Ever since Mali’s President Bah N’Daw reappointed Moctar Ouane as prime minister on 14 May, several rumours have been circulating widely. Among them are reports of disputes between the former Malian junta (Conseil National pour le Salut du Peuple, CNSP, which was dissolved in January 2021) and N’Daw over Ouane’s continued leadership of the transition government, which was supposed to be open to political groups.
Everything finally came to a head on 23 May at around 5pm, when Colonel Assimi Goïta, the vice-president of the transition government, invited himself to the Koulouba Palace. Furious over having been left out of the formation of the new government, which was then underway, Goïta expressed his anger over the fact that two influential members of the former CNSP, Colonels Modibo Koné and Sadio Camara, had not been given positions.
Prime Minister Ouane’s fate has already been sealed.
Believing that he should have a say in the formation of the government and, above all, the appointments to the defence and security departments (as granted to him by the transitional charter), the vice-president asked N’Daw to reconsider their removal. According to our information, Goïta then threatened his official superior with “irreversible” sanctions if the latter did not do as he requested. There was still time for negotiations, even if they were going to be tough.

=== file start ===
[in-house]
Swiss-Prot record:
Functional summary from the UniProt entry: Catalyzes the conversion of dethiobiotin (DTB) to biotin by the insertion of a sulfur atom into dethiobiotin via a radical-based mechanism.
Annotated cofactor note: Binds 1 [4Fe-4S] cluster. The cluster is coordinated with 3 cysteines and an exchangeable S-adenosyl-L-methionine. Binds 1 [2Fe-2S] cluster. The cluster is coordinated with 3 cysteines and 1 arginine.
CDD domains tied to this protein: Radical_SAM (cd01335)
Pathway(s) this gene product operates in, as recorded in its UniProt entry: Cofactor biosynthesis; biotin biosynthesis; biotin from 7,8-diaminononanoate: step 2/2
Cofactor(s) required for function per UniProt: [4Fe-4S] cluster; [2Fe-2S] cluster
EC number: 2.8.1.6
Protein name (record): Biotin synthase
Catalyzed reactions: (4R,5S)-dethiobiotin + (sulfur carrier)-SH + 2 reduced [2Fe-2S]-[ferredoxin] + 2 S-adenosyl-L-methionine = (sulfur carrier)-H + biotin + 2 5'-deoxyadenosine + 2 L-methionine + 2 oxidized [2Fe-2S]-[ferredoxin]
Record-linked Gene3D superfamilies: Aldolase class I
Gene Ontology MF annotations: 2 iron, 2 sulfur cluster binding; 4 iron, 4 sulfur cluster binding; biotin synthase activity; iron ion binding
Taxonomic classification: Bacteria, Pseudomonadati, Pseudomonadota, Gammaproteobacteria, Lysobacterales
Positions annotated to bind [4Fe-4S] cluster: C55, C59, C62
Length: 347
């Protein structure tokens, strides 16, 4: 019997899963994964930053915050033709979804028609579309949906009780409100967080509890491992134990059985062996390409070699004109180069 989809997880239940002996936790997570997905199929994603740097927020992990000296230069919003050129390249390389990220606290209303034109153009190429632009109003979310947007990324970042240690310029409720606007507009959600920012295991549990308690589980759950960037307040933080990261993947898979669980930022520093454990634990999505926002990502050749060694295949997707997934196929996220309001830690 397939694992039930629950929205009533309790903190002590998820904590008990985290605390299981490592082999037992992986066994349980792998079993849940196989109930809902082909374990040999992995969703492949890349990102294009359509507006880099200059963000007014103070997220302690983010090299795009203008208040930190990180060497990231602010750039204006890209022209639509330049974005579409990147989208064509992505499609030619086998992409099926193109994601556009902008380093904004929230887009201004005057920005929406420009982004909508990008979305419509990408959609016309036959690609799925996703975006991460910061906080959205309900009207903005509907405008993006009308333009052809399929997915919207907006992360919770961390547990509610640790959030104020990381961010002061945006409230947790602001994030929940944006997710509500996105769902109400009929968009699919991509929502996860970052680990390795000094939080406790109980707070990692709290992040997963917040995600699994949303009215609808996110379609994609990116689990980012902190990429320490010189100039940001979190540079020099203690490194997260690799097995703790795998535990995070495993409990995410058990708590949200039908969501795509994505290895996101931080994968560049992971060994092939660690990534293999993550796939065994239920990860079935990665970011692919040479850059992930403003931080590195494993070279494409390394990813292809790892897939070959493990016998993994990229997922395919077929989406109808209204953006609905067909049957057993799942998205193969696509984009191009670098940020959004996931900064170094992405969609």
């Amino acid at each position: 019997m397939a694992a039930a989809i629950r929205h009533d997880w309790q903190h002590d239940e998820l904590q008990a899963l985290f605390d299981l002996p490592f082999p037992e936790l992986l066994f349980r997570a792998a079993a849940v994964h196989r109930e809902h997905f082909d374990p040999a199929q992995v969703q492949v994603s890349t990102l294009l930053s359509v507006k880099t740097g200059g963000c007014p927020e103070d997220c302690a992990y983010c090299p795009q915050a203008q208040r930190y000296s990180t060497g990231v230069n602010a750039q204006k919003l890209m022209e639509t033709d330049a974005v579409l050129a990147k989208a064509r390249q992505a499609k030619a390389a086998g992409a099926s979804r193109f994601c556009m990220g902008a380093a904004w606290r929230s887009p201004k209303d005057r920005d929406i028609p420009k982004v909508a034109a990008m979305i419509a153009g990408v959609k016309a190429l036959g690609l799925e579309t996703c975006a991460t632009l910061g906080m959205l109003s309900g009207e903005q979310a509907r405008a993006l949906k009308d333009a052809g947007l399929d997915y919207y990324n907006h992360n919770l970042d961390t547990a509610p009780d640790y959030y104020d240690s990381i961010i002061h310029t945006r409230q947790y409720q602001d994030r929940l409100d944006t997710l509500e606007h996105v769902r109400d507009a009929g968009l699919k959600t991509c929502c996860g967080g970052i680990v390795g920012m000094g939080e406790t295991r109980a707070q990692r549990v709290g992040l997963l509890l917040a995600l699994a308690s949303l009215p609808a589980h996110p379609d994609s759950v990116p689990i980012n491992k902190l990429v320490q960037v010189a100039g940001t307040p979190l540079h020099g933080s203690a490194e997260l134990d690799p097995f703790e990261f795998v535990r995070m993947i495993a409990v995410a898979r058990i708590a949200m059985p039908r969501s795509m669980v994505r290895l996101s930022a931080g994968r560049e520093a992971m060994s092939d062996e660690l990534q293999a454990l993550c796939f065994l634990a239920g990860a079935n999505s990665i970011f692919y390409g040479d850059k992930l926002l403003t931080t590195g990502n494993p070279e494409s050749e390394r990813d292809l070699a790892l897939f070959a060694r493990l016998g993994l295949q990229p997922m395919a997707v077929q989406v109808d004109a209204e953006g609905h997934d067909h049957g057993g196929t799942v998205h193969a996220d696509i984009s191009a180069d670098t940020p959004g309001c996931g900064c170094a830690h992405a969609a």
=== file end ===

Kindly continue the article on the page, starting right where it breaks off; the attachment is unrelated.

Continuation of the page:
The case of Camara, who held the post of minister of defence, was debated until late on 23 May. “This reshuffle was a battle of hegemony between the president of the transition, who wanted to emancipate himself, and the military camp, which wanted to keep its men and replace the prime minister,” a source close to Ouane told us. But the standoff turned into a confrontation.
According to our sources, President N’Daw chose to ignore the threats and refused to comply with Goïta’s demands. On 24 May at around 4pm, Dr Kalilou Doumbia, secretary-general of the presidency, unveiled the second transitional government, in which Colonels Koné and Camara had been replaced by generals.